Well, to tell you the truth, I really don't bother about serious exercising, fitness regimes, diet plans or any of that kind of stuff - not because I get carried away by typical 'compliments' on my Facebook pictures, but ...either I'm too lazy to join a gym or it's simply something that doesn't get prioritized. Knowing well that this may not be the way to go as you add years to your life - occasionally I get into a little bit of Yoga and some stretching to go along with it. Though I might have 'looked the same after years' to my old friends but slowly and gradually the flab and the excess fat does get noticed and some 'symptoms' that demand some quick attention. Inevitable thing it is! Thus began my 'self-induction' program on topics like calories, cardio, abs, cross trainers, treadmills and so on.

Thanks to our sedentary life style and the lack of discipline, fitness topics are always hotly discussed and debated. It is so true to read ' sitting is the new smoking of our generation...' or celebrity-inspired bestsellers like 'Don't lose your mind lose your weight' and the plethora of TV shows on yoga, diet and fitness equipment. In fact, everybody seems to have an opinion on what works and what to eat. And, those slimming saloons that advertise with 'before-and-after' pictures must be contributing vastly to an industry that works mostly on its own terms and conditions! The commoditized weight-loss packages come with several conditions for lasting results - this is something I learnt interacting with my friends who enrolled for such programs. So how does one control weight by not getting caught in the commercial aspects and calories-based arithmetics? Is controlling weight the same as feeling fit? The former is about getting physical fit and the latter is more about feeling happy, confident, enthusiastic, energetic  etc  etc to do things, right?  

So, are there some things called ‘resistible temptations’?  Sounds paradoxical, doesn’t it? I’m sure there are whole lot of things that can be resisted. I had so many of them in front of me, when I was thinking about various options to stay fit. The feeling of ‘let-me-sleep-a-little-more’ after snoozing the alarm could be one of them. Or, simply keep procrastinating and enjoy the feeling that I'll do it some day, when time comes.  Or, let-me- skip-the –exercise-today-and –work-out-extra tomorrow’ could be another. Or, let me spend the whole day in front of the TV munching some snacks and go for a long walk tomorrow ! Or, let me not bother about what the physician has suggested and do my own things till something serious happens ! Or, Wait, wait, I'm not one of those who needs physical exercise, I used to be an athlete in my college’! Or, one last time today – will-enjoy-the-meal- and from tomorrow miss my meals to compensate. Or, a sudden inspiration to burn calories by rigorous training followed by complete inactivity. Or, enrolling in a hugely demanding fitness program and not following it up well – regretting it was money and not calories that got burnt! Or, keep adding to your wardrobe to accommodate the changing waistline.  Or, feel happy that you are a vegetarian and you’ll not have problems. Or... well, there could be so many more!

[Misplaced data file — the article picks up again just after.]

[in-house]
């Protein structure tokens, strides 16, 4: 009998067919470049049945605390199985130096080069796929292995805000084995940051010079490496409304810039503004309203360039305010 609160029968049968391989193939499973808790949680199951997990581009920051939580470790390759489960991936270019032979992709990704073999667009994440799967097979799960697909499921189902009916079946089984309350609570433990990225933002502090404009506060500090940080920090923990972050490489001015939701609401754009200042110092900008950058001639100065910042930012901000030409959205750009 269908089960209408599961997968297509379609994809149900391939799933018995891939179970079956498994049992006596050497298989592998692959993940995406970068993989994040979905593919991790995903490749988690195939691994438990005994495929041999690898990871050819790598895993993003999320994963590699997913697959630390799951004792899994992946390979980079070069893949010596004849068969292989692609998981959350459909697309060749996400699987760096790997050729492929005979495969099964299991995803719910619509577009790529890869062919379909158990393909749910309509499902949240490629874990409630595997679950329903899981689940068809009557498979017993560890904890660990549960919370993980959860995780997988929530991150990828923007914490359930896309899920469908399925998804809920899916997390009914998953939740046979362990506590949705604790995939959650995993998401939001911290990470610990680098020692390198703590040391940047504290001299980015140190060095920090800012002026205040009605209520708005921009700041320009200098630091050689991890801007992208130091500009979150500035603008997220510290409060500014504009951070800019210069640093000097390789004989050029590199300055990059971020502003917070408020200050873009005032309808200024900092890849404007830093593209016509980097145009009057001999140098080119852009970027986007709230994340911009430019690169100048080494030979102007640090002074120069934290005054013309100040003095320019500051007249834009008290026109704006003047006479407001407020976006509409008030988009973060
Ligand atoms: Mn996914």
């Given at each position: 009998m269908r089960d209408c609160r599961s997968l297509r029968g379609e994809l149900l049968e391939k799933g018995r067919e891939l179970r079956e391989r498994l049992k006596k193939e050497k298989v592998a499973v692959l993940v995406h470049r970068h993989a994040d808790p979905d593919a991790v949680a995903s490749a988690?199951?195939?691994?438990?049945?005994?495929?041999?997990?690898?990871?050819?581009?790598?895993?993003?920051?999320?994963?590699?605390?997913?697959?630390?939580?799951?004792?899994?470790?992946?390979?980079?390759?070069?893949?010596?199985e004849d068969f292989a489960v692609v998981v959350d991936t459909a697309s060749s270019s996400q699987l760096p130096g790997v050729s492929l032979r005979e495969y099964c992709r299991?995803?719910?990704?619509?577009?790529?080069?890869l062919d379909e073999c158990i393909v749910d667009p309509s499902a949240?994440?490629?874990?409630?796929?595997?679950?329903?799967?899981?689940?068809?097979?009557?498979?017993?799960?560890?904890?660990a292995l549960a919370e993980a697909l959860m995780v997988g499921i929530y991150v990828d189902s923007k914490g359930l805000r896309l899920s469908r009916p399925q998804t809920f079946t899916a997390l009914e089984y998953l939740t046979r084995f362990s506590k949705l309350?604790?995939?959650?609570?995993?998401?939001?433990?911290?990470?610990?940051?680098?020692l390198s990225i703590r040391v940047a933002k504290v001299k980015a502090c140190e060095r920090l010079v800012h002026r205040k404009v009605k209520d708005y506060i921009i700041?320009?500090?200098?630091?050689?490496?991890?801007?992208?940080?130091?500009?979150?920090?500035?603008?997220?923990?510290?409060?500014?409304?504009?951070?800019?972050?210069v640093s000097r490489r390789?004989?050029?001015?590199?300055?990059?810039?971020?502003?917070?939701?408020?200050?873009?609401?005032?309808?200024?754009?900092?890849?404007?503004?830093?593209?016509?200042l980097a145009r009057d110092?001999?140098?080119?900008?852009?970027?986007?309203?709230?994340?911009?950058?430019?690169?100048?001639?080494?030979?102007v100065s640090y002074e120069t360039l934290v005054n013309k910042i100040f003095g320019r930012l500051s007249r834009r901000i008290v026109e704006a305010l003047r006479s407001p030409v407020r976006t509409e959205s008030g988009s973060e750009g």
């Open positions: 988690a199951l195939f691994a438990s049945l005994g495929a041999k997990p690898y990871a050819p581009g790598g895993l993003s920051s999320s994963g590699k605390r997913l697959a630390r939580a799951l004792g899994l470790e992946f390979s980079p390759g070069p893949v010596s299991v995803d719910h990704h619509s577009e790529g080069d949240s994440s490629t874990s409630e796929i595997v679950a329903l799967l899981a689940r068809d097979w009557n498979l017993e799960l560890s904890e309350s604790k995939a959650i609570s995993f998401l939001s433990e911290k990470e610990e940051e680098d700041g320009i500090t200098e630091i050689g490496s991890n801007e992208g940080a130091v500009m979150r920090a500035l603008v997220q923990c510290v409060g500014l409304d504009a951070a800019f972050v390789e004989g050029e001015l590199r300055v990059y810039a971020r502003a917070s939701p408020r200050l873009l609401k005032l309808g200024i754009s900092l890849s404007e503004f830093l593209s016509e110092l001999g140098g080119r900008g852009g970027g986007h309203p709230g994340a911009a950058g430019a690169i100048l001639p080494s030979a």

For me, it was like 'just do it', because too much of thinking is not good for health! In one of those moments when you get emotional about 'if I don't care about my health and fitness who else will' - I told myself that I'll work out in the way that suits me without denying  myself the pleasures of simple veggie food.

Given a choice I'd love to eat whatever I like without thinking or caring a bit for how many calories it has or how it adds to weight gain. A couple of years back I purchased the book "Don't lose your mind, lose your weight" more because it was available for half the price on a sale at Landmark. It was a latent desire perhaps...I was secretly longing to know what this size zero diet is all about! Now that I had bought the book, I skimmed through some pages and found some tips useful. For example, the author insisted on never having tea or coffee, in empty stomach first thing in the morning. I knew many people prefer to have their morning tea with biscuits or cookies. But I somehow never liked that combination. It would simply ruin the taste of the first tea of the day. I found my solution and it helps when you need to do lot of work in the morning. This is as far as diet is concerned. And what about physical activity, that burning-the-calories- type of stuff? For that too, I made a sound decision. And going ahead I feel I'll not think too much about how many calories the brownie will add and simply eat!